During monthly bat surveys carried out in winters of 2008/2009 and 2009/2010 we studied clustering behavior of greater mouseeared bats (Myotis myotis) hibernating in the Międzyrzecz Fortified Front (MFF) in western Poland. Since the behavior of hibernating bats is usually affected by varying environmental conditions we measured changes in the ambient temperature (Ta and water vapor pressure (WVP) and their variability in the selected areas and analyzed the relationship between clustering behavior of hibernating bats and abiotic conditions. In both winters, the number of solitarily roosting individuals of M. myotis decreased from autumn to spring while the highest number of bats hibernating in clusters was recorded in the middle of winter. The number of clusters did not change significantly over the winter, but the number of individuals within a particular cluster increased from November (median = 5, inter-quartile range, IQR = 5-8) to March (median = 20, IQR = 14-35.5). The changes of the clusters' size were best explained by a mixed model with WVP and the variability in WVP over the 20 days prior to the bat survey as explanatory variables. As WVP and the variability in WVP decreased, the number of individuals in a cluster increased. Also, Ta affected the size of clusters. However, neither of the models supported the hypothesis of the effect of variability of Ta on clustering of M. myotis. We propose that huddling enables bats to reduce evaporative water loss during the middle and at the end of the hibernation and reduces costs of spring arousals, perhaps by synchronizing them between clustered individuals and thus allowing the use of passive re-warming.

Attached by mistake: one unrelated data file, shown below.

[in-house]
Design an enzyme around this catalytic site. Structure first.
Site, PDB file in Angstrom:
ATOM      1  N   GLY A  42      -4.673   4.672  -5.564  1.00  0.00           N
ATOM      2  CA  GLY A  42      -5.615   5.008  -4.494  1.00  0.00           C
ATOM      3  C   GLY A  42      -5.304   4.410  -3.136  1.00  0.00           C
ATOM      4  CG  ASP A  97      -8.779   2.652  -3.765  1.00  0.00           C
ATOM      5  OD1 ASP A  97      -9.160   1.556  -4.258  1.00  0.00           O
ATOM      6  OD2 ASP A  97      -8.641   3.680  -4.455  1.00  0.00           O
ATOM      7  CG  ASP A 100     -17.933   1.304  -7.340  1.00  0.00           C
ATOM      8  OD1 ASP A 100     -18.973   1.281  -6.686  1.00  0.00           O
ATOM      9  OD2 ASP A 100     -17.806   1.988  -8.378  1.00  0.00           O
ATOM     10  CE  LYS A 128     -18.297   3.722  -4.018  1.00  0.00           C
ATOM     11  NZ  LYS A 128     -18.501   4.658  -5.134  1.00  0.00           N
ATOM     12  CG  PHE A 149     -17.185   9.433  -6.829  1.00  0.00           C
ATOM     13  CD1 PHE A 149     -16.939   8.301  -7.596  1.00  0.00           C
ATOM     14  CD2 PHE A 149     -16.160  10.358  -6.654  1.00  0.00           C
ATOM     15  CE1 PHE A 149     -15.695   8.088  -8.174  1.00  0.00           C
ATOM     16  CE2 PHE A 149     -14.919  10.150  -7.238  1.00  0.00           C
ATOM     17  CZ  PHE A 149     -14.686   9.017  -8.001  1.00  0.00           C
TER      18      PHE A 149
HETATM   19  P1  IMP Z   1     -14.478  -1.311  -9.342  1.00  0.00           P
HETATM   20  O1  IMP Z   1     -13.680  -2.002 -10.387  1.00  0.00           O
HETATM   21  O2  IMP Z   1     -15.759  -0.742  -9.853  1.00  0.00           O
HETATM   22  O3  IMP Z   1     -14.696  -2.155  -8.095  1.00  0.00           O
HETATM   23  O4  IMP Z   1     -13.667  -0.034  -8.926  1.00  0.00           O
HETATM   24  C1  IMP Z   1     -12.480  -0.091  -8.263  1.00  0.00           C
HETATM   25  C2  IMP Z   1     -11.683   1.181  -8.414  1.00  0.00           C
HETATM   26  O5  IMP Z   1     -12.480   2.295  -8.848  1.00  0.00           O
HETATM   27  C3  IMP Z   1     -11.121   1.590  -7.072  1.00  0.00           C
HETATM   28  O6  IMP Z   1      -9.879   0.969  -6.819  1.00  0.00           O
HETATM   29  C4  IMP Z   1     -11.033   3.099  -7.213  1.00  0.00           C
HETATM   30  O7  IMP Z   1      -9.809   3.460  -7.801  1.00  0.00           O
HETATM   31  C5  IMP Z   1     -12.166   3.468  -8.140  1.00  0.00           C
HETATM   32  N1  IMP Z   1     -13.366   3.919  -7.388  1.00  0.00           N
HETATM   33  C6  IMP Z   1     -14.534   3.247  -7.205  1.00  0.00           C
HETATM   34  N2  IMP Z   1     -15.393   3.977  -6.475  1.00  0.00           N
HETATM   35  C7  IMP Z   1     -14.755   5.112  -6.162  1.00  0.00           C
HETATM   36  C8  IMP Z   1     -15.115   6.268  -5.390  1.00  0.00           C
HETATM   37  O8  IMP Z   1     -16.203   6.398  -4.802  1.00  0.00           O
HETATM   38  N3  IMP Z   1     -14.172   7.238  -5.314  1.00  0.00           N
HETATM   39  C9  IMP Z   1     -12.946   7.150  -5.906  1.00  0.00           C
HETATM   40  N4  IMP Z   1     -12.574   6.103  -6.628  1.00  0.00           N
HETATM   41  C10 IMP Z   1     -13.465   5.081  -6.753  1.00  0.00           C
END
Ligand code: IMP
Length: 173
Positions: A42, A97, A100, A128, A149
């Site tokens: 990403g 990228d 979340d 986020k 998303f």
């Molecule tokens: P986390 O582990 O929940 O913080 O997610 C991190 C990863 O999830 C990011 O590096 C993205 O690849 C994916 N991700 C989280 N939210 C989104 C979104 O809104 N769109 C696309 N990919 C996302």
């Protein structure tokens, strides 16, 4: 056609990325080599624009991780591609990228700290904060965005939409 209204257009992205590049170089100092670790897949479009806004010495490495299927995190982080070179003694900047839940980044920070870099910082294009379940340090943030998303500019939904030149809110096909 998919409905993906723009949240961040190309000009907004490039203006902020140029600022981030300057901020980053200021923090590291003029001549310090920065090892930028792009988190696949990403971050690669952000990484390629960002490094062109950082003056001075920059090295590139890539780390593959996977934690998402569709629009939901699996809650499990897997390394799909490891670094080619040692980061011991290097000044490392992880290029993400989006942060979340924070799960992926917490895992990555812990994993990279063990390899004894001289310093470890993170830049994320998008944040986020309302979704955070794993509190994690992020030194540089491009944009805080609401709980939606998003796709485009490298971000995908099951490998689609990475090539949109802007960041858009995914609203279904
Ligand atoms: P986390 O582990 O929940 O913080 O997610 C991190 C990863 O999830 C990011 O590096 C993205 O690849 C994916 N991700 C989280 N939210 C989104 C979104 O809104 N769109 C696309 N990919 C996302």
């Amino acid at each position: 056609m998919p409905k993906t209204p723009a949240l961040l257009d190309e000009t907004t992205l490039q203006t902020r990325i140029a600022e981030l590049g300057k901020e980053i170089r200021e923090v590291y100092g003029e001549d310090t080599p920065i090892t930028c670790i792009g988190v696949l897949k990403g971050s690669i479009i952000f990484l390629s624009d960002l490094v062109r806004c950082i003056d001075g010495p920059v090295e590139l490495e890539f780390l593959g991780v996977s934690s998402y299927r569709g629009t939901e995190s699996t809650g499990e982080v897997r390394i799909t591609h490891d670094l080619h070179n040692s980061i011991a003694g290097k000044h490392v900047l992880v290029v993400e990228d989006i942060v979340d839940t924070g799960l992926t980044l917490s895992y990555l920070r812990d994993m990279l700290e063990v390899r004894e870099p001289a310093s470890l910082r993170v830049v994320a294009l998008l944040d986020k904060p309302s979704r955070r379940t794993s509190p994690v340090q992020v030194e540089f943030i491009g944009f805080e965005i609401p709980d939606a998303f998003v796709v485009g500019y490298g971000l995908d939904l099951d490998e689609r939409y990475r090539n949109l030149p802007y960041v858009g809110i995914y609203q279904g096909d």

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Vol. 14 • No. 2